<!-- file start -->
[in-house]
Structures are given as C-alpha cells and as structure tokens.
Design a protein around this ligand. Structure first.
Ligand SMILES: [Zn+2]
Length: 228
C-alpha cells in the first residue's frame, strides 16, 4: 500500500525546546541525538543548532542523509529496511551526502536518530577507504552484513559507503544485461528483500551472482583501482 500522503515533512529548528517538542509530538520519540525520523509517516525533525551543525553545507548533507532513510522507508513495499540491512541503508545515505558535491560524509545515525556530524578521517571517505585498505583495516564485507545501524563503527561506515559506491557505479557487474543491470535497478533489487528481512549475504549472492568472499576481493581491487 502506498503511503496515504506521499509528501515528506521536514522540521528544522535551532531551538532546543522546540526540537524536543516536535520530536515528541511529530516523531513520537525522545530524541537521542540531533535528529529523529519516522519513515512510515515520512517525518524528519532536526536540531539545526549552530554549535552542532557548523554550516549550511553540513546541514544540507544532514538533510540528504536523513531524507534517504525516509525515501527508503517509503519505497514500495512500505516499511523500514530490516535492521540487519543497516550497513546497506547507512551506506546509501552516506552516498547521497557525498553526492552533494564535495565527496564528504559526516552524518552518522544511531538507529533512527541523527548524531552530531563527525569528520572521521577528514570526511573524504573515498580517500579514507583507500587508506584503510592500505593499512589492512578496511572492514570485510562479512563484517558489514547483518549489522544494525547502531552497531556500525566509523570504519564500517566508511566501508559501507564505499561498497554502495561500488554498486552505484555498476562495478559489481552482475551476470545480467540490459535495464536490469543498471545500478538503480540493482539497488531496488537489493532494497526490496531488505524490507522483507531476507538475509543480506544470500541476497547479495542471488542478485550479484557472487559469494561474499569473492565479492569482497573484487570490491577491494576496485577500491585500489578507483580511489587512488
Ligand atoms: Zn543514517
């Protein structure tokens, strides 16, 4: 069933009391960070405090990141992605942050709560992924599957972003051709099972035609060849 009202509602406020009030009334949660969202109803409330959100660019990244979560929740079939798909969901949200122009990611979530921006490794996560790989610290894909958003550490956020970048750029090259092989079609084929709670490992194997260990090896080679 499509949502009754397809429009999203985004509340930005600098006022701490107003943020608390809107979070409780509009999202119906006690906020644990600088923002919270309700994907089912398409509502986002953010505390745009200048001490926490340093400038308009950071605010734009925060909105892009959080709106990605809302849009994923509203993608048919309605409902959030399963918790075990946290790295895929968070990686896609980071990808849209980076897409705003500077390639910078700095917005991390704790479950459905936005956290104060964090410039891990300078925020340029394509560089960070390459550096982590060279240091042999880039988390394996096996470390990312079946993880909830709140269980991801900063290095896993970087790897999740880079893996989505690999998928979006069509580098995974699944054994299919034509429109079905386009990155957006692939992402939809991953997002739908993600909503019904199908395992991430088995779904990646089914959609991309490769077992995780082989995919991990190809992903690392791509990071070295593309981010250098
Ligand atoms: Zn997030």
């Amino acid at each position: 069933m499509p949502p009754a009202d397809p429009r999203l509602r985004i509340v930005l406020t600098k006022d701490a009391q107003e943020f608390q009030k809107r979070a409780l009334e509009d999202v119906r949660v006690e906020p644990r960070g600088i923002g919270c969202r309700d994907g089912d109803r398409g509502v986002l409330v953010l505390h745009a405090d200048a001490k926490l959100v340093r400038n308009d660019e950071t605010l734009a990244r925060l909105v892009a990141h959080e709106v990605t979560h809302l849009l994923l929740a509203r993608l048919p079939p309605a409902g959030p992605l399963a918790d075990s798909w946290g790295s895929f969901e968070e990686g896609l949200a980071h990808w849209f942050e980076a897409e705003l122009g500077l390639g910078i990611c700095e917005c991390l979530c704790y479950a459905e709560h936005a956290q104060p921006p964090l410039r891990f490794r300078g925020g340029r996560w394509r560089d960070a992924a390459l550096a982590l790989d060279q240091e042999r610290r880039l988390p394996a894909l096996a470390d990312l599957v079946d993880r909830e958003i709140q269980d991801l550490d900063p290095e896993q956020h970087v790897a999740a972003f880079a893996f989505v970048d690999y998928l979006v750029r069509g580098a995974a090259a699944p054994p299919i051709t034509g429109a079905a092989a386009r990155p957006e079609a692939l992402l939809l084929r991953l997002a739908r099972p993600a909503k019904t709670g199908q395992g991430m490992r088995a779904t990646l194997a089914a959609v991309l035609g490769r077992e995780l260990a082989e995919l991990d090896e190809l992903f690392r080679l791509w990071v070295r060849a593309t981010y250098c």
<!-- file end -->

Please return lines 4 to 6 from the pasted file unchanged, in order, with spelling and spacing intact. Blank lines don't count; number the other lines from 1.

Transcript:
Ligand SMILES: [Zn+2]
Length: 228
C-alpha cells in the first residue's frame, strides 16, 4: 500500500525546546541525538543548532542523509529496511551526502536518530577507504552484513559507503544485461528483500551472482583501482 500522503515533512529548528517538542509530538520519540525520523509517516525533525551543525553545507548533507532513510522507508513495499540491512541503508545515505558535491560524509545515525556530524578521517571517505585498505583495516564485507545501524563503527561506515559506491557505479557487474543491470535497478533489487528481512549475504549472492568472499576481493581491487 502506498503511503496515504506521499509528501515528506521536514522540521528544522535551532531551538532546543522546540526540537524536543516536535520530536515528541511529530516523531513520537525522545530524541537521542540531533535528529529523529519516522519513515512510515515520512517525518524528519532536526536540531539545526549552530554549535552542532557548523554550516549550511553540513546541514544540507544532514538533510540528504536523513531524507534517504525516509525515501527508503517509503519505497514500495512500505516499511523500514530490516535492521540487519543497516550497513546497506547507512551506506546509501552516506552516498547521497557525498553526492552533494564535495565527496564528504559526516552524518552518522544511531538507529533512527541523527548524531552530531563527525569528520572521521577528514570526511573524504573515498580517500579514507583507500587508506584503510592500505593499512589492512578496511572492514570485510562479512563484517558489514547483518549489522544494525547502531552497531556500525566509523570504519564500517566508511566501508559501507564505499561498497554502495561500488554498486552505484555498476562495478559489481552482475551476470545480467540490459535495464536490469543498471545500478538503480540493482539497488531496488537489493532494497526490496531488505524490507522483507531476507538475509543480506544470500541476497547479495542471488542478485550479484557472487559469494561474499569473492565479492569482497573484487570490491577491494576496485577500491585500489578507483580511489587512488